Heading Off Stress Fractures
Stress Fractures: We can help you get out of your pain
You know the exhilaration you feel when you find a new activity you enjoy—such as learning to play tennis, or finding out that you love trail running. Your enthusiasm could lead to trouble, however, if you don’t begin the new activity slowly. Repetitive trauma to your feet and lower legs could lead to a stress fracture that will put an end to your enjoyment for several weeks.
Not “Just a Stress Fracture”
A common misconception is that because the bone doesn’t break into two pieces, it is not really a fracture. However, a look at their structure shows bones have a hard outer layer with a softer spongy layer inside. Even the smallest hairline crack in that outer surface compromises that structure and qualifies as a fracture.
Besides that, pain from a surface crack can be quite severe and debilitating, even though the bone remains in one piece. It needs to go through the same healing process as any other break. Old bone tissue is constantly being resorbed into the blood and re-deposited as new harder tissue in the outer layers.
Are Your Bones at Risk of Surface Breaks?
Most of the time this type of fracture results from overuse. There are a number of factors which can make these injuries more likely, including:
- Being female
- Having osteoporosis, or thinning bones
- Lack of calcium and vitamin D in your diet
- Excessive pronation (foot movement) during your stride
- Weak or fatigued muscles that don’t protect your bones from trauma
- Sudden increase in activity
- Playing sports involving repetitive trauma to the feet and legs (especially tennis, basketball, gymnastics, and track and field)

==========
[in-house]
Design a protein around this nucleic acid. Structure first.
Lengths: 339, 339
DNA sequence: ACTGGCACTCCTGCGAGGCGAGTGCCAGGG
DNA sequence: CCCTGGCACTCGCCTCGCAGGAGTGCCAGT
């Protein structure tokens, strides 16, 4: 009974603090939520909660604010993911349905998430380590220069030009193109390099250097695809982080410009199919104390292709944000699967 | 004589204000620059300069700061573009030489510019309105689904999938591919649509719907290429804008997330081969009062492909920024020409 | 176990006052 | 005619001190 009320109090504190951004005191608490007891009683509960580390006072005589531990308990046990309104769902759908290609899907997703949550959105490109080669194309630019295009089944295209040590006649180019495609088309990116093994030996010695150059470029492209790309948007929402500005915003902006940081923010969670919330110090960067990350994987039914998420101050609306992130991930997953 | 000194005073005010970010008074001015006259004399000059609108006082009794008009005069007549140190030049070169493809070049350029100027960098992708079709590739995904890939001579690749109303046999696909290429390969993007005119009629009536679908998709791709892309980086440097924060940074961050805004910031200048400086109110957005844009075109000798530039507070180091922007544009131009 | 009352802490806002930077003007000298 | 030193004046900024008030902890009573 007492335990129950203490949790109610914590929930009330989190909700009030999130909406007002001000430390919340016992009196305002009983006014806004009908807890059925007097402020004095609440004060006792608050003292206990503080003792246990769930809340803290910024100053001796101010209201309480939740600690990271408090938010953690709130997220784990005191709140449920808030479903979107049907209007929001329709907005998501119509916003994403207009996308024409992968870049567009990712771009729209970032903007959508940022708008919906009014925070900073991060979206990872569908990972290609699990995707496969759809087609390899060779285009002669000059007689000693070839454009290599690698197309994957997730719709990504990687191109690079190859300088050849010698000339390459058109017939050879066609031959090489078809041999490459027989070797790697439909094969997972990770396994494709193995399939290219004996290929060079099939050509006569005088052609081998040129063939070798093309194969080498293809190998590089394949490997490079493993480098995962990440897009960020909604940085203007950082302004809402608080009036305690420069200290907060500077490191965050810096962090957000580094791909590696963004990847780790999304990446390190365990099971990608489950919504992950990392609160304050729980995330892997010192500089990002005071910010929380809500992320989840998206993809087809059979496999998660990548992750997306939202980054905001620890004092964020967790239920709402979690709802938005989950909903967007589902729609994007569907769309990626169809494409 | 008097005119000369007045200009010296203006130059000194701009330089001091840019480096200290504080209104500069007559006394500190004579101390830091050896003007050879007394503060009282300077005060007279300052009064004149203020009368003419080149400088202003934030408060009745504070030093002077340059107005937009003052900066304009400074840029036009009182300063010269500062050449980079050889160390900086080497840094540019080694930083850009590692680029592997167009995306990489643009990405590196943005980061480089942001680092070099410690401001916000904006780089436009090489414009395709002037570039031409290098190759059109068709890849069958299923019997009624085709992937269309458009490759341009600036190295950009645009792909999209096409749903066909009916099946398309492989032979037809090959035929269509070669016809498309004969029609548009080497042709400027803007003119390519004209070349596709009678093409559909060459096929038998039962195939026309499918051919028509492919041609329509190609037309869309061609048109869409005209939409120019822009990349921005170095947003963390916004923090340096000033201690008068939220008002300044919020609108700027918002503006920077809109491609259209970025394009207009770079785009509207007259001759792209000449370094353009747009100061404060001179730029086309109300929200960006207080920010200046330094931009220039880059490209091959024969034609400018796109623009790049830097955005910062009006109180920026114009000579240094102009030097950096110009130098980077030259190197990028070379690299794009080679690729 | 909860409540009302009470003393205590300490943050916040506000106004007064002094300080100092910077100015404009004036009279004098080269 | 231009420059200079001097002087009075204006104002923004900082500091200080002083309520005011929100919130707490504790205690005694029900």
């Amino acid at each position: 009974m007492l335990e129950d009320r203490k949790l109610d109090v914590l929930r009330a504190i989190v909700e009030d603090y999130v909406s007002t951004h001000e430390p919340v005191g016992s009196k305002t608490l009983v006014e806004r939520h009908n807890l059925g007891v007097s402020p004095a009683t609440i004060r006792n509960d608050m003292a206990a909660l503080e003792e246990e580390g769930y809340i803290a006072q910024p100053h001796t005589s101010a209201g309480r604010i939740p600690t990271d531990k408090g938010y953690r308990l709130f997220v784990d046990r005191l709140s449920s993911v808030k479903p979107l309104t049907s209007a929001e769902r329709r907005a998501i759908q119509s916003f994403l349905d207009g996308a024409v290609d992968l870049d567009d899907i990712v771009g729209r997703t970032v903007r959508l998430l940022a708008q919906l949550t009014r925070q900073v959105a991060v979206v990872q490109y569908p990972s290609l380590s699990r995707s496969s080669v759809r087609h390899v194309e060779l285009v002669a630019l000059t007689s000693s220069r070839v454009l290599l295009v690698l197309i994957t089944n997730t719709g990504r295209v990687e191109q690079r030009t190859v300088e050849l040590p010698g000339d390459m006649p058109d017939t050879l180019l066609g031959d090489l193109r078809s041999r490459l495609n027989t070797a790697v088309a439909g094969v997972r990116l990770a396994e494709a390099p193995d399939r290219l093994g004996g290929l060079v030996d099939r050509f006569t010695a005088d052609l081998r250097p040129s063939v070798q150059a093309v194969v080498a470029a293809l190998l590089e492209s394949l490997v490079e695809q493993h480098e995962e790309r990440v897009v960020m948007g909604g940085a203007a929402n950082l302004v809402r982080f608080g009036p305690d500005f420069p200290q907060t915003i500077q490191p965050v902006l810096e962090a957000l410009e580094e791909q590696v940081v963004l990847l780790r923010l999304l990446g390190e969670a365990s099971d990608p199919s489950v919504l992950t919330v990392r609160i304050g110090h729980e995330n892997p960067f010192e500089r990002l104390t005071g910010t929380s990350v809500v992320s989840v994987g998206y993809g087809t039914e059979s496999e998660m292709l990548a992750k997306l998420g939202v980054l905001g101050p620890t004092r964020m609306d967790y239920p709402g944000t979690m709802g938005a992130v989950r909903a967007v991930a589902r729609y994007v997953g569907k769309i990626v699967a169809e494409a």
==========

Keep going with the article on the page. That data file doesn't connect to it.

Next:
Long-Lasting Solutions to Your Foot, Toenail and Ankle Problems
What Stress Fractures Feel Like
The problem will manifest gradually, with slight pain that gets worse over time. It will likely be worse while you are active and go away when you are at rest. The injured area may also swell and turn red and warm. This is due to extra fluid your body sends to repair the injury and inflammation as the cells try to heal.
The most common bones affected are the metatarsals—the long bones in your feet between the toes and the ankle area—with pain felt along the top of the foot. However, the heel, small leg bone, and the talus and navicular bones near your ankle are also at risk.
How We Treat Hairline Cracks
After thoroughly examining the foot and studying X-rays, MRIs or bone scans to correctly diagnose the injury, we can determine the best treatment method for your broken bone. Because it needs rest to heal, we will usually apply an anti-inflammatory dressing and immobilize the affected foot with a soft cast or air boot for a couple of weeks. If the crack is severe, we will also have you use crutches to reduce as much weight-bearing as possible for a few weeks.
During healing, we may prescribe laser therapy and ultrasound treatments to relieve pain and promote cell activity for a quicker recovery. It is very important to allow the break to heal fully, in order to prevent chronic problems in the bone. For that reason, we may also investigate whether you have gait problems or other issues that might cause the injury to reoccur. We may be able to prevent future injury by designing custom orthotics that protect your feet from stress.
Preventing Stress Fractures
You can reduce your chances of getting this painful injury by starting new activities gradually, cross-training with low-impact activities, wearing supportive shoes and replacing them when they start to show wear, and taking a break if pain symptoms appear. Your diet should include foods rich in the nutrients needed for bone growth, and you should get enough rest—because that is when your body repairs tissue damage.
For more tips for healthy feet, or to get help for a painful foot issue, contact Ottawa Foot Practice in Ontario. You can reach us by phone at (613) 595-9700 or by requesting an appointment online through our contact page. Foot pain is not normal, so let us help you find the cause and eliminate it.